UK oil and gas major BP said it will no longer be a member of three US industry lobby groups after their climate policies do not align with the company’s own.
BP on Wednesday named the American Fuel and Petrochemical Manufacturers (AFPM), the Western States Petroleum Association (WSPA) and the Western Energy Alliance (WEA) as groups it will be leaving.
The move comes after BP carried out a review of its membership of 30 important trade associations around the world, assessing their lobbying activities and positions on climate policies against its own.
Big shareholders and environmental activists have criticised the energy majors for their membership of organisations that have lobbying positions that run counter to company promises to cut emissions.
BP said it had “material differences” with the AFPM and WSPA regarding policy positions on carbon pricing and with the WEA on the federal regulation of methane emissions. BP follows moves by Royal Dutch Shell and France’s Total which said last year they would quit the AFPM because of its stance on climate issues.
BP’s new chief executive Bernard Looney has pledged to align the company’s lobbying efforts with its intentions as it seeks to become a net zero emissions company by 2050.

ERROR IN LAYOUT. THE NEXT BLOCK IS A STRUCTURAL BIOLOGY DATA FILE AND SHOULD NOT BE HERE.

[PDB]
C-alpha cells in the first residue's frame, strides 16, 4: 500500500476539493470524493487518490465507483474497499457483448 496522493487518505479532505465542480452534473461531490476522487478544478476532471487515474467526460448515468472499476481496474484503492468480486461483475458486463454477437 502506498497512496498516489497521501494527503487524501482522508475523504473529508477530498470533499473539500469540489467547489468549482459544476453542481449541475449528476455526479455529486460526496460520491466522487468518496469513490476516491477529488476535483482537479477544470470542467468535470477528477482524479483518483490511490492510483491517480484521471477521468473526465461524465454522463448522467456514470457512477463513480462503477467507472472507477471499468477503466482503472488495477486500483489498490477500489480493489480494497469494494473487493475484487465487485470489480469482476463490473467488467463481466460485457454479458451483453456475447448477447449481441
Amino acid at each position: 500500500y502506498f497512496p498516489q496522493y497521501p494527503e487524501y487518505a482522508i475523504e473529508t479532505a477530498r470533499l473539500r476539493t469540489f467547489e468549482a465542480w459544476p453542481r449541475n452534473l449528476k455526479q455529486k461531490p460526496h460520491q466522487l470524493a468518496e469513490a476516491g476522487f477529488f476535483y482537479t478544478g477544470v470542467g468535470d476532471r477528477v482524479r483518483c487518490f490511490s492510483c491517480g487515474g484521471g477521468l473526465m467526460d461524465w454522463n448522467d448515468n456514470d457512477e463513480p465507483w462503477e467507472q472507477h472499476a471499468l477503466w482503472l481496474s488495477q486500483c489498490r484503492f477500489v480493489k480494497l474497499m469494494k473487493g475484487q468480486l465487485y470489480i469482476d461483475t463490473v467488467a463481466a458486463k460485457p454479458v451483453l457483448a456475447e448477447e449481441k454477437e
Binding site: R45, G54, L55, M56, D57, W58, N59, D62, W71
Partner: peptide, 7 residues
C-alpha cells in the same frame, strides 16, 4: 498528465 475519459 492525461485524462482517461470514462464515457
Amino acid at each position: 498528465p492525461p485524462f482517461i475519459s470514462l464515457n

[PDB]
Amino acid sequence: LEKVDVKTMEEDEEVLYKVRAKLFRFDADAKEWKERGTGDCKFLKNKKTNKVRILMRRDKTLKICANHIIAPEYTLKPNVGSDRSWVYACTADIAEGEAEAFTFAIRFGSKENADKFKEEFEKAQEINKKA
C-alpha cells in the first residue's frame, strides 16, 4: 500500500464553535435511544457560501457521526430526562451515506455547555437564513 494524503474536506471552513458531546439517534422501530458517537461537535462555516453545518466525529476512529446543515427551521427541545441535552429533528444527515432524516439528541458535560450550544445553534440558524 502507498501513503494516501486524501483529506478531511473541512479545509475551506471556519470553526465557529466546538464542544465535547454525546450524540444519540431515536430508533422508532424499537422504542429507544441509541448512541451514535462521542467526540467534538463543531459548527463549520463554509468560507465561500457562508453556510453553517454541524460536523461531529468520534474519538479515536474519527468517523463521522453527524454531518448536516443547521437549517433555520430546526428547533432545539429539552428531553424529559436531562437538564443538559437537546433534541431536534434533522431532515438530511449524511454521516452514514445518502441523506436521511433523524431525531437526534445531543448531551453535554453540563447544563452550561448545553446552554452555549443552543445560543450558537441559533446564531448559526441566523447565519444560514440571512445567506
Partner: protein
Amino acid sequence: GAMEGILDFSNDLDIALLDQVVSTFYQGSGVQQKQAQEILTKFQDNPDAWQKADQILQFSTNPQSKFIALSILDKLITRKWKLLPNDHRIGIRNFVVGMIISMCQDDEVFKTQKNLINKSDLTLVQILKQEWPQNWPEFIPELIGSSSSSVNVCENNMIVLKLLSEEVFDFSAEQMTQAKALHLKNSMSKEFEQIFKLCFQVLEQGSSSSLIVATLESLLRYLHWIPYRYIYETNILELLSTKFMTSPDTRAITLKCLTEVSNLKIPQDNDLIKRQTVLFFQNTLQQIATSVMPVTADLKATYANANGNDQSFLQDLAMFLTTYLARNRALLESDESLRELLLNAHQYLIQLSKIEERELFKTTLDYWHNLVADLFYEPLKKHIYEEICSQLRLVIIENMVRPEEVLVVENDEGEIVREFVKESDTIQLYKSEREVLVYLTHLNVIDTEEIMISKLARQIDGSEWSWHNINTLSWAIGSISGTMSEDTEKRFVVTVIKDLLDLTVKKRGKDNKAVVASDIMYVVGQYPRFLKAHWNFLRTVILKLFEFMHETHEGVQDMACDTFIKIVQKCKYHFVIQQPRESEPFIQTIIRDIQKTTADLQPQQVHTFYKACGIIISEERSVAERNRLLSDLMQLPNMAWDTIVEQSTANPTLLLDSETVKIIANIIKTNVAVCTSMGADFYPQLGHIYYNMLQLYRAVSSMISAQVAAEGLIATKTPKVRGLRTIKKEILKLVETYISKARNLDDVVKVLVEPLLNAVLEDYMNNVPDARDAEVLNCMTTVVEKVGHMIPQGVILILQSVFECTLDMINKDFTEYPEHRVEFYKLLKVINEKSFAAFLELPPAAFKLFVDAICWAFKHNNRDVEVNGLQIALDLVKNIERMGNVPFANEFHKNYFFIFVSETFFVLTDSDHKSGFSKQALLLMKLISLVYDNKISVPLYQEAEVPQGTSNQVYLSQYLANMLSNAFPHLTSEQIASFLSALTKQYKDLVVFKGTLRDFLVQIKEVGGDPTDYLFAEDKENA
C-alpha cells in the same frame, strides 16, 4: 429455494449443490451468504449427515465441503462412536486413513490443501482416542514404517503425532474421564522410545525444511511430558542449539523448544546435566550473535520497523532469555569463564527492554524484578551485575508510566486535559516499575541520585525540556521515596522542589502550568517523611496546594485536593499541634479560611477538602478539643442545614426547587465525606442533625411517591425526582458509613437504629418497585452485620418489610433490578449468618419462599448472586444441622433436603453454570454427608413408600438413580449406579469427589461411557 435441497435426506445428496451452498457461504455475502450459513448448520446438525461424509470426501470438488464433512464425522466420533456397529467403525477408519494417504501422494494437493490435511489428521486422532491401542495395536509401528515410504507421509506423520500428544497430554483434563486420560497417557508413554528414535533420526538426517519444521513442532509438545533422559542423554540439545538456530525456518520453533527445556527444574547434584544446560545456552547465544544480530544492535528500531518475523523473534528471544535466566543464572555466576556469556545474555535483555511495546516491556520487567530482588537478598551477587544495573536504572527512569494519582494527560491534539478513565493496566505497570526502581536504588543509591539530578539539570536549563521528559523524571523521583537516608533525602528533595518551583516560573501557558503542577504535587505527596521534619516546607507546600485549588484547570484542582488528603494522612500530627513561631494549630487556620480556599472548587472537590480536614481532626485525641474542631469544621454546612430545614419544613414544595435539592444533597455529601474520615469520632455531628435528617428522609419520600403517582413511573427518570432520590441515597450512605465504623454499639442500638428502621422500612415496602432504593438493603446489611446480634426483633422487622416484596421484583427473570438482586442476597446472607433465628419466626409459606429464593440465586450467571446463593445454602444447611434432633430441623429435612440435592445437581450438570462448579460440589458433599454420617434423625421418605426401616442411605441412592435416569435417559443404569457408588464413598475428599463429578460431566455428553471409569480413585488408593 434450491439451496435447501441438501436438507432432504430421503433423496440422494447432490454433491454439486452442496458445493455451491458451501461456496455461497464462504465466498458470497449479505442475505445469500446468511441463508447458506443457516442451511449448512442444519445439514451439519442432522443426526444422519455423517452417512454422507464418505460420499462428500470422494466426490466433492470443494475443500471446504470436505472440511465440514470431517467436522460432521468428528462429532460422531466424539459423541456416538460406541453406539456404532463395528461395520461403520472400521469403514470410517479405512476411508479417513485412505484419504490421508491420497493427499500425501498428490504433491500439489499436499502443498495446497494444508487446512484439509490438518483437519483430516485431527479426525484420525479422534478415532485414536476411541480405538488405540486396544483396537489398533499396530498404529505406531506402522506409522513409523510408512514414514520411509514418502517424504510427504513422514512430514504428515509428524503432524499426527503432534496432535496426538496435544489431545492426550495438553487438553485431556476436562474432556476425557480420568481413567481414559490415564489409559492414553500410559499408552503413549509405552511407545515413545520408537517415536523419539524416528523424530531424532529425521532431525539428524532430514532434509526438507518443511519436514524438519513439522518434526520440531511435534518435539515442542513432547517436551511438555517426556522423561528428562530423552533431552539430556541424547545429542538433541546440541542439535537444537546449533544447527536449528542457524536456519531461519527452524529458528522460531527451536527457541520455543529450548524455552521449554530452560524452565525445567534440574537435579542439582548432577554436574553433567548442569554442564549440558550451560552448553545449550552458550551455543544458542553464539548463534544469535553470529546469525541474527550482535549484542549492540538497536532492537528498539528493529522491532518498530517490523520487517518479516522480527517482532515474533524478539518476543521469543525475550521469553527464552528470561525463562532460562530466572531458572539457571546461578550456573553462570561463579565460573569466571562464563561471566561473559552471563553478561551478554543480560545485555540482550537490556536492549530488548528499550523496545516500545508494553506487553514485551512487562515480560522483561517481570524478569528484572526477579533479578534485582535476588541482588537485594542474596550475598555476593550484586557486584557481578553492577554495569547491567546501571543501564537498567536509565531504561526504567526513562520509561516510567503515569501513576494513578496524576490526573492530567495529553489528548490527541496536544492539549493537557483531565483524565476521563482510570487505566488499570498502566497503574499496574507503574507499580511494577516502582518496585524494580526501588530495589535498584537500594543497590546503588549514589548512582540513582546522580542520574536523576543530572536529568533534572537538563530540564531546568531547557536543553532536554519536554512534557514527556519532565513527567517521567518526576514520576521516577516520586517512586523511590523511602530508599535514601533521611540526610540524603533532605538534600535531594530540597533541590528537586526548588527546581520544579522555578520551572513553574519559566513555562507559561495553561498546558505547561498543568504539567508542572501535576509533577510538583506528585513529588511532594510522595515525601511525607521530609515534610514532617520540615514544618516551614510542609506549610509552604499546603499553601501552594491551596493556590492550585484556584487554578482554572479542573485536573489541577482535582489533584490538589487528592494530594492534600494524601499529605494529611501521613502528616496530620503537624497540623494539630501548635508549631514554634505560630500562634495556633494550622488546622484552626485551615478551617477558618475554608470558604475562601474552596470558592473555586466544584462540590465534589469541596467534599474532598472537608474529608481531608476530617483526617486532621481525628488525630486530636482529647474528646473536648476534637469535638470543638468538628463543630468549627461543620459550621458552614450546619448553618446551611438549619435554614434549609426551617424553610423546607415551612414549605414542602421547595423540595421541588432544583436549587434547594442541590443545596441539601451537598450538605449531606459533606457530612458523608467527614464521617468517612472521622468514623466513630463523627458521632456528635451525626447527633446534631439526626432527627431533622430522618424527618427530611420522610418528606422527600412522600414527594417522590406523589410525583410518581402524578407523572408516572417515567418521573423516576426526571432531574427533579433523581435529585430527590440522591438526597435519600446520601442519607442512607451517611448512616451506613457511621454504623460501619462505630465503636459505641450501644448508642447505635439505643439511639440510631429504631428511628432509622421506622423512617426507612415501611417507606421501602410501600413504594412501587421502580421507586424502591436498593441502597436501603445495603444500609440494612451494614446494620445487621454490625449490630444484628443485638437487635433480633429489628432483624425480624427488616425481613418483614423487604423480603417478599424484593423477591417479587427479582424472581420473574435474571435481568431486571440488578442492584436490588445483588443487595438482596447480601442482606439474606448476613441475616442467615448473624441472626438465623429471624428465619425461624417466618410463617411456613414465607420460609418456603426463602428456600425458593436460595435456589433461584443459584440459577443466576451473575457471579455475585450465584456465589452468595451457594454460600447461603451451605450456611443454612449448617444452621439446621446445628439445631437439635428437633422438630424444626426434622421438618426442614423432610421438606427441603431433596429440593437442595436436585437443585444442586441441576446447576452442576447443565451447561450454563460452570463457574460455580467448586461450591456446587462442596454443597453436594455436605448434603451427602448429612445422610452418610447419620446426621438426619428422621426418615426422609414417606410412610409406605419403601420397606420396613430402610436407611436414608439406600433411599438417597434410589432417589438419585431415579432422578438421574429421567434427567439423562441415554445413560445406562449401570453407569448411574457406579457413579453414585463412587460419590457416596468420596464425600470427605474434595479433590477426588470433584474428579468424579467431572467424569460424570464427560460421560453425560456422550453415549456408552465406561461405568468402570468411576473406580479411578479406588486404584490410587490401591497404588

“When differences arise we will be transparent. But if our views cannot be reconciled, we will be prepared to part company,” Mr Looney said on Wednesday.
He said he wants to counter the impression that the company would say one thing and do another after facing much criticism over its spending plans, lobbying practices and advertising campaigns.
“Earning back people’s trust is essential if we stand a chance at fulfilling our purpose,” he said earlier this month.
The European oil majors are especially under pressure, versus their US counterparts, to take responsibility for their role in enabling global warming.
BP identified a further five organisations with which it is only partially aligned on climate policy, including the American Petroleum Institute, but which it will continue to remain a member of.
The API has come under fire for successfully lobbying the Trump administration to roll back Obama-era methane regulations and pushed to speed up the approval processes for oil and gas projects, without taking into account certain environmental criteria.
Even as the biggest energy majors have defended US federal oversight of methane emissions and have pledged to control greenhouse gases from their own operations, critics say supporting such groups means they are acting as enablers for other corporate polluters that are more lax.
API’s president Mike Sommers told the FT that despite differences he was “confident that we’re going to be able to continue to represent this industry, including Total, including BP, including Shell, including Equinor, for many, many years to come.”
Other groups it will continue to stay a member of include the Australian Institute of Petroleum and the Canadian Association of Petroleum Producers, which BP acknowledged do not actively support the goals of the Paris climate agreement. It is only partially aligned with the National Association of Manufacturers on carbon pricing and not entirely in agreement with the US Chamber of Commerce on its position on climate science.